700 gallons of used oil found in Otay Mesa
By Mike Madriaga
On the morning of July 12, workers in the Otay Mesa area called the San Diego Fire-Rescue Department to check on an abandoned, white-colored, Isuzu flatbed truck that contained about 700 gallons of used motor oil.
“[It’s] a truck leaking what appeared to be motor oil, leaking possibly into the storm drain,” said Alma Lowry, a fire captain of the fire-rescue department, in an OnScene.tv interview. “We were experiencing a few drips, and we took measures to mitigate that with our absorb pads.”
On the raw video footage, the camera handler zoomed out of the utility hole on the street, which was about seven feet away from the truck’s liftgate; the utility hole’s wall appeared to have remnants of a dark liquid. “Luckily, the storm drain is dry,” Lowry commented.
It is illegal to discharge automobiles’ pollutants, such as motor oil, degreasers, antifreeze, transmission fluid, and solvents, into the Municipal Separate Storm Sewer System, according to the City of San Diego site.
We are “in the process of finding the owner…. we have CHP and Sheriffs here helping us with that investigation,” Lowry continued, “and offloading the motor oil right now.”
On the clean-up video, hazmat workers from the county and fire and rescue department, dressed in either red or blue colored hazmat jumpsuits, are seen offloading the 100-plus 5-gallon containers atop a tarp laid on the sidewalk and dirt lot on the 7300 block of Calzada De La Fuente, about three miles northeast of the Otay Mesa Land Port of Entry. A sizable liquid tote container was on the truck’s bed.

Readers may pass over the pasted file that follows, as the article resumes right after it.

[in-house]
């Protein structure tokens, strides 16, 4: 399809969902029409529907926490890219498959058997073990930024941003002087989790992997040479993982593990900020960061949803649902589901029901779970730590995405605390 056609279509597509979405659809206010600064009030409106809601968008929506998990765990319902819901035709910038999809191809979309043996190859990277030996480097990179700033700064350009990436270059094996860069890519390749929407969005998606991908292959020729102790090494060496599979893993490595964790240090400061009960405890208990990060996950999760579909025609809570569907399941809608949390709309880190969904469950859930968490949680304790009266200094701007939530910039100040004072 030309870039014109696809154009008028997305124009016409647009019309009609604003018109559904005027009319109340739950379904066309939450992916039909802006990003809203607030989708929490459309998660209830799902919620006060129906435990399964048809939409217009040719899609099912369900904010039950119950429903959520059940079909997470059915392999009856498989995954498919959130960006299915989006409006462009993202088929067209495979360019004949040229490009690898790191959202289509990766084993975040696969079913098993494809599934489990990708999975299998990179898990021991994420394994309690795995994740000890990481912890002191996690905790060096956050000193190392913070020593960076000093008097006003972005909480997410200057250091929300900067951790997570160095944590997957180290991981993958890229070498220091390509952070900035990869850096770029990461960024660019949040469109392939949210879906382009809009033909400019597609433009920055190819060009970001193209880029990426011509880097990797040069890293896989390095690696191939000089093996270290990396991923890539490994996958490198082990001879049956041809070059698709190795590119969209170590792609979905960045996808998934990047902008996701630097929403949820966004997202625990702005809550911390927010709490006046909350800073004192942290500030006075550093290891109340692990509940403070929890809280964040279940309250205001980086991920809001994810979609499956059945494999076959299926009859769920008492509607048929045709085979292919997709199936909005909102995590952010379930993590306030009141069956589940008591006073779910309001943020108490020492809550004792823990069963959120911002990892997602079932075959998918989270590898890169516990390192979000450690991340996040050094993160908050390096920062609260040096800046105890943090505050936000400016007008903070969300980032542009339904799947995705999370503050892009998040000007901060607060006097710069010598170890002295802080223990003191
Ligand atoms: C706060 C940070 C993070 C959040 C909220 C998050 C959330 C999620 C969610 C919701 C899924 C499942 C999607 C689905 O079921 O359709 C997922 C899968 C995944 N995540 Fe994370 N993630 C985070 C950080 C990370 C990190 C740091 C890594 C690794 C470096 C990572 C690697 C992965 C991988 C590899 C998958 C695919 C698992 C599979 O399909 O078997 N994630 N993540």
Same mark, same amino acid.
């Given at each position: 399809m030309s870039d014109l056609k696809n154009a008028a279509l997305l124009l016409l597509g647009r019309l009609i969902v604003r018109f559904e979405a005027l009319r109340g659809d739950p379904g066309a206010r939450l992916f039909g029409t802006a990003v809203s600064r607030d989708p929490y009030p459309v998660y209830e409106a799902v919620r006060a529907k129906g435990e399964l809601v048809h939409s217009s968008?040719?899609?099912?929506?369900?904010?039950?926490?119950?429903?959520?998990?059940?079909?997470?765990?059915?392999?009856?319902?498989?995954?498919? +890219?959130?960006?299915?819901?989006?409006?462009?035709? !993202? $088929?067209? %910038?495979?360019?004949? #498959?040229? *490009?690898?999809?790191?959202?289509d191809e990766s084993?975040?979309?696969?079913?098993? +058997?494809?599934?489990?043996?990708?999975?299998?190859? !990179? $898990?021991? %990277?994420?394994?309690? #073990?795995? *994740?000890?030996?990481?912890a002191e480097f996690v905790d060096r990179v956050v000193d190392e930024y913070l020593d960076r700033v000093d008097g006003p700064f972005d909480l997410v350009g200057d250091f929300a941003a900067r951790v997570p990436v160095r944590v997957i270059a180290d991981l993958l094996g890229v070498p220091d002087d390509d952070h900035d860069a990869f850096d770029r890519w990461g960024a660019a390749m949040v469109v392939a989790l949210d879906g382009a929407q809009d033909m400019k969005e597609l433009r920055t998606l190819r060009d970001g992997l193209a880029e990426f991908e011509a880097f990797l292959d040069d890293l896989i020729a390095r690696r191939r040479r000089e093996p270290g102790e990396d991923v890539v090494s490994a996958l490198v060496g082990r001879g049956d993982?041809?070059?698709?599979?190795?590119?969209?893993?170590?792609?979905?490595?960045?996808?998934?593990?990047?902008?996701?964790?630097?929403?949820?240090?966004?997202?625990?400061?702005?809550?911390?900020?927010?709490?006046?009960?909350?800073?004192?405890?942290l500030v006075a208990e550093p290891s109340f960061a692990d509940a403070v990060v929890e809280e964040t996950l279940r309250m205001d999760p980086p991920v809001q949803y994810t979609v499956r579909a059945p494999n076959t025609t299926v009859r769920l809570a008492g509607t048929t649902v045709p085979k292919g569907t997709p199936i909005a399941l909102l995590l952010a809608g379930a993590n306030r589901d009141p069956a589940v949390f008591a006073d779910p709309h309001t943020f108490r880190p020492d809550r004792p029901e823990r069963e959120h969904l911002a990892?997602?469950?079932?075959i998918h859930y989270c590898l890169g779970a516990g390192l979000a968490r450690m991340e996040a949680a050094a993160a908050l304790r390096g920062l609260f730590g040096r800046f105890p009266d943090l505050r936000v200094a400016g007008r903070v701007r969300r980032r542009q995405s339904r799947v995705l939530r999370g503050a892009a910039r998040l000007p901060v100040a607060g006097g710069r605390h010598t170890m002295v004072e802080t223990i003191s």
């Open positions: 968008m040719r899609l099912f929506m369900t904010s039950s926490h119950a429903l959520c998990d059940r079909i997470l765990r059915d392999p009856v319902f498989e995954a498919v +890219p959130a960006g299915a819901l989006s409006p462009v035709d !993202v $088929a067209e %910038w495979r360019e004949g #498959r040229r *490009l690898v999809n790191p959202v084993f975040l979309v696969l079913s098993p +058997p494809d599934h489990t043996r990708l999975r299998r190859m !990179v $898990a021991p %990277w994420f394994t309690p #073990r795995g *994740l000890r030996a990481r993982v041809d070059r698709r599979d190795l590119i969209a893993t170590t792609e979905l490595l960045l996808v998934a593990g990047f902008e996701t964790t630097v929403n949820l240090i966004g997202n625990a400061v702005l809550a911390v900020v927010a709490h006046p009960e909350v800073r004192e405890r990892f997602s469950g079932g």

“They got a lucky break,” opined Billy M., an Otay Mesa resident. “This [mitigation] probably saved our City a ton of money and heartache. That manhole leads to pipelines and tributaries, streams, creeks, rivers that’ll eventually meet our ocean. They say one quart of motor oil can pollute 250,000 gallons of water. But also, the owner of the truck could’ve been on the way to the recyclers, and the truck conked out….
“Recycling old motor oil is a win-win,” continued Billy, “I’ve seen people use it to stain [and preserve] wood.”
“On average, about four million people re-use motor oil as a lubricant for other equipment or take it to a recycling facility,” says the EPA website. “Less energy is required to produce a gallon of re-refined base stock than a base stock from crude oil. One gallon of used motor oil provides the same 2.5 quarts of lubricating oil as 42 gallons of crude oil.”